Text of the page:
Author: Dr. Raji Wahidy, Virtual Rehab’s Founder & CEO
There is a tendency to associate virtual reality with the gaming industry as over the past couple of years we have predominantly seen an influx of game creation leveraging this state-of-the-art technology. We have seen people wearing headsets as well as others holding a pair of motion controllers in their hands. These motion controllers were used to move around (teleport), touch, pick-up, and throw things around. All of this happens within a physically confined space within the “virtual world.”
So, let us step-back and explain the meaning of virtual reality to those who have not come across this technology. Virtual reality describes a 3D computer-generated environment which can be explored and interacted with. The person who experiences it becomes part of a virtual world or is immersed within this environment, and whilst there, is able to manipulate objects and perform a series of actions. Sounds great? Going through the experience is even more mind-blowing. So, I do encourage everyone to try it out and feel the transformational nature of such an experience.
But virtual reality is not all about gaming. In fact, back in 1994, the integrated managed care consortium Kaiser Permanente did some rehabilitation tests, through the use of virtual reality technology, on individuals who suffered from acrophobia (i.e. fear of heights); the results were shocking: over 90% of the patients no longer showed acrophobic symptoms following the treatment. Virtual reality was, later on, used to treat military combat personnel returning from Iraq and Afghanistan with post-traumatic stress disorder (PTSD) symptoms; the result was once again a positive one, as over 70% of those who underwent treatment no longer showed PTSD symptoms. Virtual reality has also been successfully used in treating mental illness, and, as of recently, it has allowed a paralyzed individual to be able to walk all over again; this time both in the virtual world and in real life.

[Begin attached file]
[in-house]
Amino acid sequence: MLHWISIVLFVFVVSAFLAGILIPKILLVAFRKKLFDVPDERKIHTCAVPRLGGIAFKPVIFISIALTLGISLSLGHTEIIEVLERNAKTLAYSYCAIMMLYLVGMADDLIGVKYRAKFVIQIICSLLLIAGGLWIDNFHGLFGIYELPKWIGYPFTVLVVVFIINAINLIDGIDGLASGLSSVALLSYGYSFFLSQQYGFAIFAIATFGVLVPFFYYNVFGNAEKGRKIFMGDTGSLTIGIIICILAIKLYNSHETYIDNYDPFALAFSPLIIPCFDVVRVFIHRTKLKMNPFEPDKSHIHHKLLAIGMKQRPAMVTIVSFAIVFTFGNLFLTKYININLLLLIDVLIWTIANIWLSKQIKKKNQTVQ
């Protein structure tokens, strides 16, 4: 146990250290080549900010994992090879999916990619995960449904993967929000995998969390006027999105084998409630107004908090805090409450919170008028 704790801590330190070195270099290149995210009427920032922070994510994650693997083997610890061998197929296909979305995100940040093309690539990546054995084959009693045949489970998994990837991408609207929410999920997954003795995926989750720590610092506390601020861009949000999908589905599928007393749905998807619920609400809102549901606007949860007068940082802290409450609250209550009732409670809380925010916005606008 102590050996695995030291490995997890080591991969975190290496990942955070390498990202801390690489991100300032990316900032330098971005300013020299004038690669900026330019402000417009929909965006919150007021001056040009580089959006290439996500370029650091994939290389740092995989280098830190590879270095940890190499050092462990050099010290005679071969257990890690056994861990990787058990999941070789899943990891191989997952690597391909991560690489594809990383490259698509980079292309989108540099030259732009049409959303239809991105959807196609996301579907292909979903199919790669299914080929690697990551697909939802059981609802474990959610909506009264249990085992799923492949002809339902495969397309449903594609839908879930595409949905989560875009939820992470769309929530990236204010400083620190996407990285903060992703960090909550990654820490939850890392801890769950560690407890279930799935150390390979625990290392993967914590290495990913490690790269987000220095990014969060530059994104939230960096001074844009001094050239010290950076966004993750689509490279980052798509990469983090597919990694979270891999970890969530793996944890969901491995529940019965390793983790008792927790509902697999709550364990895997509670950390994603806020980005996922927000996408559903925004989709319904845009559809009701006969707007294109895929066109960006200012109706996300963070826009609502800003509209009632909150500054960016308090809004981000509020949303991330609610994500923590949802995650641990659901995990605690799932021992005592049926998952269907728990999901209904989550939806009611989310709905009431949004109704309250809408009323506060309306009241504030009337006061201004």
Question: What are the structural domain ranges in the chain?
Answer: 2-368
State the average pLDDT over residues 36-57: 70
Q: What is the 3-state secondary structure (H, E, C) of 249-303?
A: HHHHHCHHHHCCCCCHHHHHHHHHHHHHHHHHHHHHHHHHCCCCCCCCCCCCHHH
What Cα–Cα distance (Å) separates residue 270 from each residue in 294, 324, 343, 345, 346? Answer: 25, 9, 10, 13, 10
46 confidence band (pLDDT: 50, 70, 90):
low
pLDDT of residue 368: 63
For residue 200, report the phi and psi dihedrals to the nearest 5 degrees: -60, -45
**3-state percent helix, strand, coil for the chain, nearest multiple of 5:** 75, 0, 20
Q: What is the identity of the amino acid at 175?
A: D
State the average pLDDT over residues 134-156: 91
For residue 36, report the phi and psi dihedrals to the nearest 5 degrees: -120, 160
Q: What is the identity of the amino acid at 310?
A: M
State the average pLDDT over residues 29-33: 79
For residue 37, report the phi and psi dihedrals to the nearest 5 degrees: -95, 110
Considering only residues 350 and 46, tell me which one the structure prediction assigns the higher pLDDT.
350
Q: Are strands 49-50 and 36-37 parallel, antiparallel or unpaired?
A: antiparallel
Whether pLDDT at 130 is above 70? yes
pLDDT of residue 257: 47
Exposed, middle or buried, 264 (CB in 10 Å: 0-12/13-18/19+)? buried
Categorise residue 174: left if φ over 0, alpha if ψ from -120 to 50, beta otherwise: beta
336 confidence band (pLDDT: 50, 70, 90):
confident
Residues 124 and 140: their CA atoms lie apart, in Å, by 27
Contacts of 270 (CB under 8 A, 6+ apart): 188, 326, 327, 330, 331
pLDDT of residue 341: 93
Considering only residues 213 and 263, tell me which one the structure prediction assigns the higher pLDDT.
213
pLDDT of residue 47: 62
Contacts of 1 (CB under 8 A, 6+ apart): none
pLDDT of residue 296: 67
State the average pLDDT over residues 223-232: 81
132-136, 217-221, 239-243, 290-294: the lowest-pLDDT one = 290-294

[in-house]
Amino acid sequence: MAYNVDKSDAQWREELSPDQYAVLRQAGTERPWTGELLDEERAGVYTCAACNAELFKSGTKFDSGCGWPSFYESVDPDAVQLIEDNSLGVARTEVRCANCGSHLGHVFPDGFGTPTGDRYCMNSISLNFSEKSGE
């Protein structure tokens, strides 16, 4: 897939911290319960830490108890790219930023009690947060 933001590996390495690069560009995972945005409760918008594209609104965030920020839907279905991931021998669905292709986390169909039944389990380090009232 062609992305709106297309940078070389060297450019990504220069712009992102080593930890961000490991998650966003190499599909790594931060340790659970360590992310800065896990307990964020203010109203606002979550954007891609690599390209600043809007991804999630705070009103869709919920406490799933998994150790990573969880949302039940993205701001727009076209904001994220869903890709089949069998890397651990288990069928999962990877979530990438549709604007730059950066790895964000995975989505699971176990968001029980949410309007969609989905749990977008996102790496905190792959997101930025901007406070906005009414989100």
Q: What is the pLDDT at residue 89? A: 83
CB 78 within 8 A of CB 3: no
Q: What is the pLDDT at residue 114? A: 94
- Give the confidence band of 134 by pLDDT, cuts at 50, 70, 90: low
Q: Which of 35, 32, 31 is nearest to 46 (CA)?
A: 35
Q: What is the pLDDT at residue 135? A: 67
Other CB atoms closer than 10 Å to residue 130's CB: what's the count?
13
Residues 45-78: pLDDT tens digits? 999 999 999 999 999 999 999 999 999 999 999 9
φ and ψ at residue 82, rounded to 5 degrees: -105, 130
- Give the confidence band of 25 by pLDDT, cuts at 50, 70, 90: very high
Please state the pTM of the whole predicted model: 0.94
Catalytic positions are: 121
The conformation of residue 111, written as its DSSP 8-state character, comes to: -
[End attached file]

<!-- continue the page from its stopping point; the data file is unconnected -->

When it comes to prison and probation settings, virtual reality technology can leverage significant advancements in reducing recidivism and re-incarceration rates worldwide, as inmates and probationers are able to experience and be immersed in positive, functional, and productive settings that otherwise would be inaccessible.
Every person deserves a second chance and inmates are no exception to this rule. In fact, they are the ones that are in most dire need for help, support, and development to become improved citizens upon their release. This can only be realized through educational and rehabilitation programs that will prepare them to lead their future lives in a positive manner, re-integrate within our societies, and avoid the possibilities of re-offending.
Social and psychological rehabilitation in correctional settings is costly to the governments, the tax payers, and the society as a whole. Therefore, we need to think of new and of innovative educational and rehabilitation ways, which are more powerful, economical, and effective.
The latest virtual reality innovation is Virtual Rehab; designed to change the way correctional facilities teach their inmates of ways to function in the outside world. In many ways, this is the next step in virtual reality tools that alter the way people perceive and interact with the world. The exclusive virtual reality based tools developed by Virtual Rehab include formal education, vocational job training, psychological rehabilitation, and correctional services rehabilitation. These services are extended to both inmates and probationers.
The core gains of virtual rehabilitation solutions consist in real-life scenarios, curriculum, along with immersive interactivity, thus addressing the specificities and heterogeneity of offenders.
Governments, policy makers, influencers, inmates, substance addicts, along with others realize that this innovative approach, along with the existing work being conducted, can very well be the solution to some of the outstanding contemporary challenges across corrections.